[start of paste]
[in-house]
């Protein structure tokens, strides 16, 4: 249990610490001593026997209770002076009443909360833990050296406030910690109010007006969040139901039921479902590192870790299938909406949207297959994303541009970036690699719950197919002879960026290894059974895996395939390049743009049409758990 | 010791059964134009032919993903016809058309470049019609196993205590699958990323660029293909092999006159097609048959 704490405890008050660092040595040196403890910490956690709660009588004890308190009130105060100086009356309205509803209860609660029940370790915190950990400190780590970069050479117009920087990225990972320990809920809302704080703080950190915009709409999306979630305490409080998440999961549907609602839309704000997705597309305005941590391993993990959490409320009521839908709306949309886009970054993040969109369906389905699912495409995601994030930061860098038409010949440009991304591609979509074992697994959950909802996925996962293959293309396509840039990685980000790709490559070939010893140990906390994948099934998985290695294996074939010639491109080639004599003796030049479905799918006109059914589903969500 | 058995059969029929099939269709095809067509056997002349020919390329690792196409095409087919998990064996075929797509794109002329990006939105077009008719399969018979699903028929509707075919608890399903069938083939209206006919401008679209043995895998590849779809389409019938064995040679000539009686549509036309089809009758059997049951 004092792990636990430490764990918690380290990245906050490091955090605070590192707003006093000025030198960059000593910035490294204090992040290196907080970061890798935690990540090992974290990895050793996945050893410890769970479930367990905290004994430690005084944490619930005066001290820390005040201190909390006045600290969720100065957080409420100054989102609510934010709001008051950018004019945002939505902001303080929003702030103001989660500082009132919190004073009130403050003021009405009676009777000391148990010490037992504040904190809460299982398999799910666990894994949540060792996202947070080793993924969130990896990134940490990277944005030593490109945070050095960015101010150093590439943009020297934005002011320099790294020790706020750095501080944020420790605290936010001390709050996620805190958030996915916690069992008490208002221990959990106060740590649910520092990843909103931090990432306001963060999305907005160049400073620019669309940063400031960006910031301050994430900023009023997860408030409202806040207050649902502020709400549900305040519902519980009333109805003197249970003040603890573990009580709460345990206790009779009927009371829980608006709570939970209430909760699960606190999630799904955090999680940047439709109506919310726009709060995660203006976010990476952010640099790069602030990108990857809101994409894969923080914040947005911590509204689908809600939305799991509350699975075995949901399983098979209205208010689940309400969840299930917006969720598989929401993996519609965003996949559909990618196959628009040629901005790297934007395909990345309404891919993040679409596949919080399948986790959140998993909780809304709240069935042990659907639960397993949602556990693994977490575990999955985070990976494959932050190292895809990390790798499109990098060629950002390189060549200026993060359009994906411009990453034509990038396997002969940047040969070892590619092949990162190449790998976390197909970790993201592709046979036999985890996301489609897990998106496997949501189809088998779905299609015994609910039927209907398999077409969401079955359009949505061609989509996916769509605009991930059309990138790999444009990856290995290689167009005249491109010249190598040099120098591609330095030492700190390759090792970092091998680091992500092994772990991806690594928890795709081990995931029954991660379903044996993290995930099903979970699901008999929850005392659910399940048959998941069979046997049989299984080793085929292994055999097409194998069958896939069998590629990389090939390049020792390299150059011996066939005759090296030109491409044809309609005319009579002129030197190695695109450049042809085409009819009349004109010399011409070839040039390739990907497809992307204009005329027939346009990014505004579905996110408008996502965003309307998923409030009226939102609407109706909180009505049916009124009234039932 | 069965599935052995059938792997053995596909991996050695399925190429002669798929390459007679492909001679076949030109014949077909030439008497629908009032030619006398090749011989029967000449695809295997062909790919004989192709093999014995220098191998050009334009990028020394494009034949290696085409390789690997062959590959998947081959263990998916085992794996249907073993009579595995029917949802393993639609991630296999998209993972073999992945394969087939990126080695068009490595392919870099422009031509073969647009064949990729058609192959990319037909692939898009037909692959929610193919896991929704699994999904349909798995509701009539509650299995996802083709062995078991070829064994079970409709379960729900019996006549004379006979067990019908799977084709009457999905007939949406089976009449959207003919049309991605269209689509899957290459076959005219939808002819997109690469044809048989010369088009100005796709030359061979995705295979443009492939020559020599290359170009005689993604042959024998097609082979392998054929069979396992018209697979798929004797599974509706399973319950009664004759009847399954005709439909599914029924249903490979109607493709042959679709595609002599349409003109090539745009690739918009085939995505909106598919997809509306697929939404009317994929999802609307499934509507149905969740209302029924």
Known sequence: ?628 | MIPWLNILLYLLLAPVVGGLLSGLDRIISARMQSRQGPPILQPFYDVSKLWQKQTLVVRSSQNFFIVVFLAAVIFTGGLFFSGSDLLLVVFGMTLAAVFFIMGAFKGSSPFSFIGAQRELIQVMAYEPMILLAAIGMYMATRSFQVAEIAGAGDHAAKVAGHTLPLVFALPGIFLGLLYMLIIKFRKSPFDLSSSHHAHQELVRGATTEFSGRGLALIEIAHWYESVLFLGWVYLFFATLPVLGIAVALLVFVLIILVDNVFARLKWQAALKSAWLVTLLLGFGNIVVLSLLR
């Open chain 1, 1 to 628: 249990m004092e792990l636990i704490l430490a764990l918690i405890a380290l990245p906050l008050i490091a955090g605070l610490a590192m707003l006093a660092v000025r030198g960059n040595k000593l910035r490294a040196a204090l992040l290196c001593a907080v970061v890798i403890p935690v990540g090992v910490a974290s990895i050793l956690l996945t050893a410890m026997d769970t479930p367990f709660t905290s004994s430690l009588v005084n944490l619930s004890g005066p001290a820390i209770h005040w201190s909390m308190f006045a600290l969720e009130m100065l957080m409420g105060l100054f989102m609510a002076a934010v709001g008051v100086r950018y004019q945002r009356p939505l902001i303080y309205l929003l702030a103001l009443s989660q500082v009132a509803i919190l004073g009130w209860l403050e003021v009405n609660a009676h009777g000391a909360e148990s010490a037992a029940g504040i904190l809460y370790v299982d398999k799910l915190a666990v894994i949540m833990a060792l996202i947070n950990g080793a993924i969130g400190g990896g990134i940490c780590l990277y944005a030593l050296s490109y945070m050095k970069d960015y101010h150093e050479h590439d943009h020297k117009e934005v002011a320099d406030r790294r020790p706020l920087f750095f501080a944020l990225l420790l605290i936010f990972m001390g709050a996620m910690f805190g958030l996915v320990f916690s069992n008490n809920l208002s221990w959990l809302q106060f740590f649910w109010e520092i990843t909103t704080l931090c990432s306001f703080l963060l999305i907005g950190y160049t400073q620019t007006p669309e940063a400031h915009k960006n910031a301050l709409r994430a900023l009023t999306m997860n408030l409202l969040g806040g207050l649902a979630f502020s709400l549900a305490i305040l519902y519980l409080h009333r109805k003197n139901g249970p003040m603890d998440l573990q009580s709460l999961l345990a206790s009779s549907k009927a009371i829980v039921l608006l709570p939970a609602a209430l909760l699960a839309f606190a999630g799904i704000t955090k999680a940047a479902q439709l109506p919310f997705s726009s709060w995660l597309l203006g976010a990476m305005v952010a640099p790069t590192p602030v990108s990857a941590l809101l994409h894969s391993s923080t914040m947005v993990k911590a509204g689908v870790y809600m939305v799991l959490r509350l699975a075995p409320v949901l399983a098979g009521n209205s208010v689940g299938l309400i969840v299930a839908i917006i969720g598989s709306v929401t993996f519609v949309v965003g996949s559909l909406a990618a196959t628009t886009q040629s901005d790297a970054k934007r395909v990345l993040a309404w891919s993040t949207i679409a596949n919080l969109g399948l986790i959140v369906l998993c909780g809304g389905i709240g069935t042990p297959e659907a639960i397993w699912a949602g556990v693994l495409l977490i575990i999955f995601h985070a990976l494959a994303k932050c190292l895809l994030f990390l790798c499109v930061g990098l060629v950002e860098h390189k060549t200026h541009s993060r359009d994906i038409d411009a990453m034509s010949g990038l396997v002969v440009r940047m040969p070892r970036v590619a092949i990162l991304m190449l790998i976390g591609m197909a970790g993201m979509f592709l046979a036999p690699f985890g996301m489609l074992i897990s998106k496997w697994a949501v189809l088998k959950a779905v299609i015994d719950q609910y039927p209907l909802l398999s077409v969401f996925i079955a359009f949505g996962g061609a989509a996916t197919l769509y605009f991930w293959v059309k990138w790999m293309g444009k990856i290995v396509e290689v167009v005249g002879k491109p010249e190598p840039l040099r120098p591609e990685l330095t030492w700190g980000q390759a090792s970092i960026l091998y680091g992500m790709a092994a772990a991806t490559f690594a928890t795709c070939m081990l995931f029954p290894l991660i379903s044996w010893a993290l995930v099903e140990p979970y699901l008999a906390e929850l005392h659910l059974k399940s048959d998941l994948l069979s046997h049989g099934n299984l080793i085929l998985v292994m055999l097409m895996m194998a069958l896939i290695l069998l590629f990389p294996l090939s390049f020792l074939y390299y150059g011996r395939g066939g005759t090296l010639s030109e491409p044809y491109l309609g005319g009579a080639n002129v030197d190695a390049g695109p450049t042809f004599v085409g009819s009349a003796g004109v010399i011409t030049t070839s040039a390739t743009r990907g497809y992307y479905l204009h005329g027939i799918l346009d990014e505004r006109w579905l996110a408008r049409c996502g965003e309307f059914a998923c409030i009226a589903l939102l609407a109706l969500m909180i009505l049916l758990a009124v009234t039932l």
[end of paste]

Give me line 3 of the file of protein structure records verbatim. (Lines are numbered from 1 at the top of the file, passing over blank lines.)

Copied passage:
Known sequence: ?628 | MIPWLNILLYLLLAPVVGGLLSGLDRIISARMQSRQGPPILQPFYDVSKLWQKQTLVVRSSQNFFIVVFLAAVIFTGGLFFSGSDLLLVVFGMTLAAVFFIMGAFKGSSPFSFIGAQRELIQVMAYEPMILLAAIGMYMATRSFQVAEIAGAGDHAAKVAGHTLPLVFALPGIFLGLLYMLIIKFRKSPFDLSSSHHAHQELVRGATTEFSGRGLALIEIAHWYESVLFLGWVYLFFATLPVLGIAVALLVFVLIILVDNVFARLKWQAALKSAWLVTLLLGFGNIVVLSLLR